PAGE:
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SSM2142 Balanced Line Driver breaking input impedance

Hi all,

my problem concerns the breaking of the input stage of the chip SSM2142 which occurs some time during a test cycle.

My testbench is attached for information.

How can see, the SSM2142 is connected to the "secondary" windings of a LVDT excited with a 5Vrms/10kHz sine wave on the "primary" windings by means of the SSM2143 differential line driver connected to an arbitray waveforms generator. An oscilloscope is connected to the differential output of the SSM2142 Line Driver.

After about 2hours of test I see that the signal at the output of the SSM2142 is reduced by 1\2. Measuring with a multimeter the resistance at the input of SSM2142 I found that the value was lowered to about 92.76ohm. In normal condition I measure a resistance of about 50kohm.

Do you have idea why this could happen?

What is it the possible root cause of the input resistance "breaking" of the SSM2142'buffer stage of the cross-coupled topology?

Note: The "Test Board" is "hot inserted" in the test bench (i.e. the power supply and the signal generator are "ON" and "fully operational").

Best Regards

Francesco Carbone

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  • Thanks Francesco for the additional information.

    Thanks for the clarification on how you are measuring the input impedance. You are correct that the specification is dynamic and not with the part powered down. So that does explain the difference.

    Yes, the +-7.071 V input level will translate to the 10.5 Vrms output voltage. Now I need to point out that these specifications are derived from the part operating at +-18V power rails.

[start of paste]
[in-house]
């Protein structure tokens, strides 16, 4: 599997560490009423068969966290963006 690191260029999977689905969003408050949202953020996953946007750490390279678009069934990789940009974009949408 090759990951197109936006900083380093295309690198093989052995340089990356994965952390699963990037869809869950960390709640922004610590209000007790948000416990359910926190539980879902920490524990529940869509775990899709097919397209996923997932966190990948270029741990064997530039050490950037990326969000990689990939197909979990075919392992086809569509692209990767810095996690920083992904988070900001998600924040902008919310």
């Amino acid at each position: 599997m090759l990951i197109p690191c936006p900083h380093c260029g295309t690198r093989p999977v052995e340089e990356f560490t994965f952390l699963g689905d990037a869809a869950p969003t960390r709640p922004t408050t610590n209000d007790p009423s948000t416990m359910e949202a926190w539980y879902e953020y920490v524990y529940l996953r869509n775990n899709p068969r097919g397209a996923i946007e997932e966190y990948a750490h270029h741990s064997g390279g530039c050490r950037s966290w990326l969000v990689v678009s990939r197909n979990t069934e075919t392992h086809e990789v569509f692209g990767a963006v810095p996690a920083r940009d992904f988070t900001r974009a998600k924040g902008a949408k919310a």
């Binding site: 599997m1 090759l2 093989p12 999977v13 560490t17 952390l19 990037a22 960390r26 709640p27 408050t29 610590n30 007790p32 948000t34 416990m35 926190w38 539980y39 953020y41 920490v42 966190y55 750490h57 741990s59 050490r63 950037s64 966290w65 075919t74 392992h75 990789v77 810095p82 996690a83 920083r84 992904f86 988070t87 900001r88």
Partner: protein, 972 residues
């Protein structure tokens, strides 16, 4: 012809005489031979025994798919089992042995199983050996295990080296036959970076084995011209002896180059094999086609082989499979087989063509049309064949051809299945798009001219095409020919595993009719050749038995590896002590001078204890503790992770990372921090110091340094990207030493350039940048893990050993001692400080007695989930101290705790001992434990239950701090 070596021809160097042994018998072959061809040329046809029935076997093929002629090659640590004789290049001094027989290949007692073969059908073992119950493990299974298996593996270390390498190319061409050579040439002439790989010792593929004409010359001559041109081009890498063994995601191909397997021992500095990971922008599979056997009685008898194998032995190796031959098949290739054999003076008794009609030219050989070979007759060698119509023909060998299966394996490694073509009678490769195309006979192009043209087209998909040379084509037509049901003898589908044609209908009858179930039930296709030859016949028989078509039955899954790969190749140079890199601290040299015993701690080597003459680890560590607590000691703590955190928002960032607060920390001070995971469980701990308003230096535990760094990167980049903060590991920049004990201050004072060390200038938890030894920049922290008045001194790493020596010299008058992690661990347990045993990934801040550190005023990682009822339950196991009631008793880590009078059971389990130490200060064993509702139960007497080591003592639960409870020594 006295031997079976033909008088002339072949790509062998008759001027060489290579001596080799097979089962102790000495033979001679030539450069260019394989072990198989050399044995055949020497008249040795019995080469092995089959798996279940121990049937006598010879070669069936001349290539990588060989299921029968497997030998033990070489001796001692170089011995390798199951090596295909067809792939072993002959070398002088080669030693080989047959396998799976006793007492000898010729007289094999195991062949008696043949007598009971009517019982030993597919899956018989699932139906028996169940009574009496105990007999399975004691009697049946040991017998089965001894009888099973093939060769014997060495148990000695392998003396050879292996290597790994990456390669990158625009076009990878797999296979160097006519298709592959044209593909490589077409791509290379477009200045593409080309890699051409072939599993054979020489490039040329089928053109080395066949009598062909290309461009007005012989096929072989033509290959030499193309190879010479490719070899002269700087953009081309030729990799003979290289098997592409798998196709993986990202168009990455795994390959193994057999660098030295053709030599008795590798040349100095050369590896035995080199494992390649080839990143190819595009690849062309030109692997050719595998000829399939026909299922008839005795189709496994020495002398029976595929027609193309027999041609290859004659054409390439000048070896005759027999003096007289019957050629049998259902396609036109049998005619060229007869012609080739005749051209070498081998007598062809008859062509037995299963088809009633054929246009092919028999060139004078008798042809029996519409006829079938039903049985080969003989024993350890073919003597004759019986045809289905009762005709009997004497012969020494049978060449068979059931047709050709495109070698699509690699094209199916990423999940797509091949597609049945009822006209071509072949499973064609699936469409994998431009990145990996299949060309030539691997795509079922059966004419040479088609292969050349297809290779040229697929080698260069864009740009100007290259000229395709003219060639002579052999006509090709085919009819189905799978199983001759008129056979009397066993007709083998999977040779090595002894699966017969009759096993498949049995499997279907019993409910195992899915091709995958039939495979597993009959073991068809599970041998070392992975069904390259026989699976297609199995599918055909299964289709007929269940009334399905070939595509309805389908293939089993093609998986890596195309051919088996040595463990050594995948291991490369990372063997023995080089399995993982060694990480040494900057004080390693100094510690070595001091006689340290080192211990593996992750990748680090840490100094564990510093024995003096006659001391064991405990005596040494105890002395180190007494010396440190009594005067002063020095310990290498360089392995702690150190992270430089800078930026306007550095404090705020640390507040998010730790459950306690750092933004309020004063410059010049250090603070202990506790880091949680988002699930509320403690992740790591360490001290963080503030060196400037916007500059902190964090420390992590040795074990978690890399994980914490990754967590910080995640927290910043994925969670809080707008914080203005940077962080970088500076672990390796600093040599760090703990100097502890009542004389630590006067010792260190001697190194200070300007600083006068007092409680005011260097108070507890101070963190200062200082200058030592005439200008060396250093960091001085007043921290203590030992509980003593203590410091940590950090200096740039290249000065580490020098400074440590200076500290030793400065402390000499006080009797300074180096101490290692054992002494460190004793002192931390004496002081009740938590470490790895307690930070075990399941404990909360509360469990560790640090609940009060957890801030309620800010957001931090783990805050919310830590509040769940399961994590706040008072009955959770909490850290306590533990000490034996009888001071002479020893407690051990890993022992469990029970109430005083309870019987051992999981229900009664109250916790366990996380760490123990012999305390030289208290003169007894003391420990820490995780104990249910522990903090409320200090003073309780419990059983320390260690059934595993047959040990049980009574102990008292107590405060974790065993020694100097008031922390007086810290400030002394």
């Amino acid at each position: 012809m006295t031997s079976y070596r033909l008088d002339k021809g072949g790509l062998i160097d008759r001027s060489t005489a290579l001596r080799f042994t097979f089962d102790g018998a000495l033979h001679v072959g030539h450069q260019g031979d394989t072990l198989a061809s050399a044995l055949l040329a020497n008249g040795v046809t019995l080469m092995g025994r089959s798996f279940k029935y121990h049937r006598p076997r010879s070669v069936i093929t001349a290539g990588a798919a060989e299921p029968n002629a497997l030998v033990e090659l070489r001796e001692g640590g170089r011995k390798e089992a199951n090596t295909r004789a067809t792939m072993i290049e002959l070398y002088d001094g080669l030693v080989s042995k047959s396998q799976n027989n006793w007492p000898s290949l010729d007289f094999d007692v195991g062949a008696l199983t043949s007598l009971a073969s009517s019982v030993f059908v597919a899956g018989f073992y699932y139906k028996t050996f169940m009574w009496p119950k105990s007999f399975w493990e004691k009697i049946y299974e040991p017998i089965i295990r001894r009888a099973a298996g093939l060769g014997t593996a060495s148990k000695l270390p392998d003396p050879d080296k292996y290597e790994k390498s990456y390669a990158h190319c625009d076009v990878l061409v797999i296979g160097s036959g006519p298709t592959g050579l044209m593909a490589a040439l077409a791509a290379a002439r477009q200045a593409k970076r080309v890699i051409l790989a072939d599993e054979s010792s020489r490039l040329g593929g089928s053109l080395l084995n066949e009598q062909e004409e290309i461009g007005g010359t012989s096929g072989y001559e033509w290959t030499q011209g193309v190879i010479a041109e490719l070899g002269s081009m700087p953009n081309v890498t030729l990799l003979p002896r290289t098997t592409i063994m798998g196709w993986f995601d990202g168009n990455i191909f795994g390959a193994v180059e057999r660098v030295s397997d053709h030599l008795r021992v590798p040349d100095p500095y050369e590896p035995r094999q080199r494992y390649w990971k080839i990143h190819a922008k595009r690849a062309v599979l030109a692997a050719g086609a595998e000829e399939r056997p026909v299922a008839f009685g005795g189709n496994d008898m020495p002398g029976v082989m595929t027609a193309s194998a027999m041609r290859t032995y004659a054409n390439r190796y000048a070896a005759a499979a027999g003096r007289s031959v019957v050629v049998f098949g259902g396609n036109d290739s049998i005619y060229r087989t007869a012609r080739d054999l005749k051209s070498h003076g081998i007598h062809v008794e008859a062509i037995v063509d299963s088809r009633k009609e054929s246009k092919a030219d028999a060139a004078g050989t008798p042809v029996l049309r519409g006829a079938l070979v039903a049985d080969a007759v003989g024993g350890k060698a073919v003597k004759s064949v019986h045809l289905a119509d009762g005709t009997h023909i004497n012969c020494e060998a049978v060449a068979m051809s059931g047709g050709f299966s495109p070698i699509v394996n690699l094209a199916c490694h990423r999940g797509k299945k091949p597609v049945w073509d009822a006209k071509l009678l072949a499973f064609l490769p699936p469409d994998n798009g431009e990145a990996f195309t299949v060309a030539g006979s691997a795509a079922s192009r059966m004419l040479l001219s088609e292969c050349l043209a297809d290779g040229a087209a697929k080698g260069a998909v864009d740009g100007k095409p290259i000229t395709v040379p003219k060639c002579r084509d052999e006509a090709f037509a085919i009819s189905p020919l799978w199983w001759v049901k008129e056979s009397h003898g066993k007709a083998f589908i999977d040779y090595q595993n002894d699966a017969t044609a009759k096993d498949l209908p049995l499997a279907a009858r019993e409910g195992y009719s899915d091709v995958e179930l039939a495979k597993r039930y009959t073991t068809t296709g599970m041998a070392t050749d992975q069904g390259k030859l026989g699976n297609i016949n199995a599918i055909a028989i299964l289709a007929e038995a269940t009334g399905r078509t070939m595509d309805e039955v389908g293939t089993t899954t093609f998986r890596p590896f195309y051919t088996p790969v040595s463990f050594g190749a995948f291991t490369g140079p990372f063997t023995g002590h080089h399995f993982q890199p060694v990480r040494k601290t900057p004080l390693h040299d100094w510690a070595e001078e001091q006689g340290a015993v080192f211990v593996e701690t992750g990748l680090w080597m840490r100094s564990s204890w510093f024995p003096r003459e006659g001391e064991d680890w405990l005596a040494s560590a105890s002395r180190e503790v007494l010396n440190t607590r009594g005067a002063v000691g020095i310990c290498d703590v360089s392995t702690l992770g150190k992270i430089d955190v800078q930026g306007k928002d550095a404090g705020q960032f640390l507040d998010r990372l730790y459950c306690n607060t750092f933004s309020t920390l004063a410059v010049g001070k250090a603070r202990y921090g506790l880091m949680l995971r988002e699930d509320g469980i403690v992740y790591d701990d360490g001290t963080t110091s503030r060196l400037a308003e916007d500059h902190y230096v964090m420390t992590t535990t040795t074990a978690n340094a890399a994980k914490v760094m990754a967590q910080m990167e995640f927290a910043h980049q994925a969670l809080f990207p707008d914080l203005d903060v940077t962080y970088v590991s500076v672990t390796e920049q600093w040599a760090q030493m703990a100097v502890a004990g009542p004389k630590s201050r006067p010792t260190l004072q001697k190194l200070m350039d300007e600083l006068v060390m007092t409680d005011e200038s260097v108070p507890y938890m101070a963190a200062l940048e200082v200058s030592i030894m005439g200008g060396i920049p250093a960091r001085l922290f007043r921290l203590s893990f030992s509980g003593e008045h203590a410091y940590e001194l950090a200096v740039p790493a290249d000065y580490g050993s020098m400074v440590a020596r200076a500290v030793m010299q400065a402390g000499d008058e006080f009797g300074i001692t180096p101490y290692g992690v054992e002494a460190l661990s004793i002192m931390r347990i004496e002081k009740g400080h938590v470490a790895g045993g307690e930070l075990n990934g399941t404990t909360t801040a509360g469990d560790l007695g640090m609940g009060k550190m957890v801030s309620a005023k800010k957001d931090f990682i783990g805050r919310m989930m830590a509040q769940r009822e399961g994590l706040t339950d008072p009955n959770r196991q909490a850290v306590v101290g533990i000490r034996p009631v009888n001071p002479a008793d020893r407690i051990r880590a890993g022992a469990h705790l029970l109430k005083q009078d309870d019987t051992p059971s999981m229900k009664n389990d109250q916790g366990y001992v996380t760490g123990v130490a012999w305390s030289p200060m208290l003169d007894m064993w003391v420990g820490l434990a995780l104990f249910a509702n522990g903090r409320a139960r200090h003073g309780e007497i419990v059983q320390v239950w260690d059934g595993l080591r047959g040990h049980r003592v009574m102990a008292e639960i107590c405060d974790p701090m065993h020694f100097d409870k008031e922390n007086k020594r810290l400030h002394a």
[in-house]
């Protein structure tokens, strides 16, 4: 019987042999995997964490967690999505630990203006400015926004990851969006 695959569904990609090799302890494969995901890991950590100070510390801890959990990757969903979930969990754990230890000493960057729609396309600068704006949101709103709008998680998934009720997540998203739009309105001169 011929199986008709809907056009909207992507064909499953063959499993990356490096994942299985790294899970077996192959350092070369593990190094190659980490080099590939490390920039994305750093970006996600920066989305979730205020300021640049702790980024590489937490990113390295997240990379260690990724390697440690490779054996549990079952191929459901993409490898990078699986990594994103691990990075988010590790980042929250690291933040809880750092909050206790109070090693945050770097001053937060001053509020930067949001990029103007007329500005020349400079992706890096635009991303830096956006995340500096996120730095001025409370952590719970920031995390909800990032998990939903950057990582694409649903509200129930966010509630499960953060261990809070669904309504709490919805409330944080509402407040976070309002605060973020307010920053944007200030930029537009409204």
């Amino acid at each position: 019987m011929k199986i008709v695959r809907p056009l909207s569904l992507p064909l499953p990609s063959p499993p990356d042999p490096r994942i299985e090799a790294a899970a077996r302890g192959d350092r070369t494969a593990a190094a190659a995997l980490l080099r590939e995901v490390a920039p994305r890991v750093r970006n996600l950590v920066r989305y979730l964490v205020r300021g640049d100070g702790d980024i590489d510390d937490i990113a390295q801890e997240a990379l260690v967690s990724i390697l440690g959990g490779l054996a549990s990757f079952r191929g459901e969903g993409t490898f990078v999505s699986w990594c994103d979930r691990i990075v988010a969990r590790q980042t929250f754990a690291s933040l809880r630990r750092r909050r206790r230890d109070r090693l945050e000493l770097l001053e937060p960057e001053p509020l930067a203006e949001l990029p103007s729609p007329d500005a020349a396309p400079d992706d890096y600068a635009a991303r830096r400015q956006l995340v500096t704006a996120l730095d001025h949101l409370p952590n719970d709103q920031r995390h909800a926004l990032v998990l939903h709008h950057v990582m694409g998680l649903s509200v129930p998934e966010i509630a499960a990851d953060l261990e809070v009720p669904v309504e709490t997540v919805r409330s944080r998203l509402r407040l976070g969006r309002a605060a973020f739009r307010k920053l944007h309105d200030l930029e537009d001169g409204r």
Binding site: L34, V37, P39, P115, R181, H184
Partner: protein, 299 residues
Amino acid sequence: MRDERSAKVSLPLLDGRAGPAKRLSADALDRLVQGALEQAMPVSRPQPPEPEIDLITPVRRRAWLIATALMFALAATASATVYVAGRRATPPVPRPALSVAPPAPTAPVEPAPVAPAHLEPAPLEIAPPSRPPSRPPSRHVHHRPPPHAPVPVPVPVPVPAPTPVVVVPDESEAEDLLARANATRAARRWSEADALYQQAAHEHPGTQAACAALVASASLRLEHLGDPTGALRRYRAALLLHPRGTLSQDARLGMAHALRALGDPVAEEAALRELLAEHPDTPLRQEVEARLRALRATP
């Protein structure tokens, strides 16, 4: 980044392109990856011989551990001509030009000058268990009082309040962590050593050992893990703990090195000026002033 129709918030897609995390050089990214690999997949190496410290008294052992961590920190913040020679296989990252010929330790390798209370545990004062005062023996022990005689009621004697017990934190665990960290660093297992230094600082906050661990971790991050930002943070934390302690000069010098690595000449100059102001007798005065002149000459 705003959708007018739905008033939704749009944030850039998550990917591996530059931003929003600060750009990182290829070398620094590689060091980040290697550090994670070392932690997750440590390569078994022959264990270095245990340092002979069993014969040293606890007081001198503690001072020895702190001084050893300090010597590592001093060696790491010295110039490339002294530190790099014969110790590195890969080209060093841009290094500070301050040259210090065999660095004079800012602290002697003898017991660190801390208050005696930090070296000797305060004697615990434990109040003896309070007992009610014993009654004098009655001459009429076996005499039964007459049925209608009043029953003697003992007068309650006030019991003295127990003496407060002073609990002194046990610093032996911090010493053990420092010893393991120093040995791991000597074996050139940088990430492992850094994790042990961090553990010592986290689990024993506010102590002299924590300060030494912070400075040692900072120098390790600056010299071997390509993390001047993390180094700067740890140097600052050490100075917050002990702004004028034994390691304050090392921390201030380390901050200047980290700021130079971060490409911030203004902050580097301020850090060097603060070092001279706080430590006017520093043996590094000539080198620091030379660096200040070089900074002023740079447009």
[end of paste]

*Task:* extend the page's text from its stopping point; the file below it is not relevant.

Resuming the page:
One thing that is missing on the datasheet is a specification for the absolute maximum voltage on the input pins. Normally this is around 0.3V above the positive rail and -0.3V below the negative rail. This is speculation on my part as far as the exact numbers but I can say that you cannot expose the pins to voltages exceeding the voltage rails. This will forward bias the ESD protection diodes/devices and cause excessive currents. You may want to go back to a damaged part and measure the resistance to the power rails. I think you may find a direct short to one of them.

    So have a look at your input conditioning circuit and see if you can add more dividers or other protection devices to limit the current and/or limit the voltage swing. You can place some diodes to the voltage rails to clamp the input pins to the rails. This is especially useful for the condition where the part is powered down and the input signal may still be present. This is where a part can be damaged without realizing the problem.

    Since this is an older part I do not have any information about any failure analysis that may have been done during development.

    Thanks,

    Dave T.

Reply
  • Thanks Francesco for the additional information.

    Thanks for the clarification on how you are measuring the input impedance. You are correct that the specification is dynamic and not with the part powered down. So that does explain the difference.

    Yes, the +-7.071 V input level will translate to the 10.5 Vrms output voltage. Now I need to point out that these specifications are derived from the part operating at +-18V power rails.

    One thing that is missing on the datasheet is a specification for the absolute maximum voltage on the input pins. Normally this is around 0.3V above the positive rail and -0.3V below the negative rail. This is speculation on my part as far as the exact numbers but I can say that you cannot expose the pins to voltages exceeding the voltage rails. This will forward bias the ESD protection diodes/devices and cause excessive currents. You may want to go back to a damaged part and measure the resistance to the power rails. I think you may find a direct short to one of them.

    So have a look at your input conditioning circuit and see if you can add more dividers or other protection devices to limit the current and/or limit the voltage swing. You can place some diodes to the voltage rails to clamp the input pins to the rails. This is especially useful for the condition where the part is powered down and the input signal may still be present. This is where a part can be damaged without realizing the problem.

    Since this is an older part I do not have any information about any failure analysis that may have been done during development.

    Thanks,

    Dave T.

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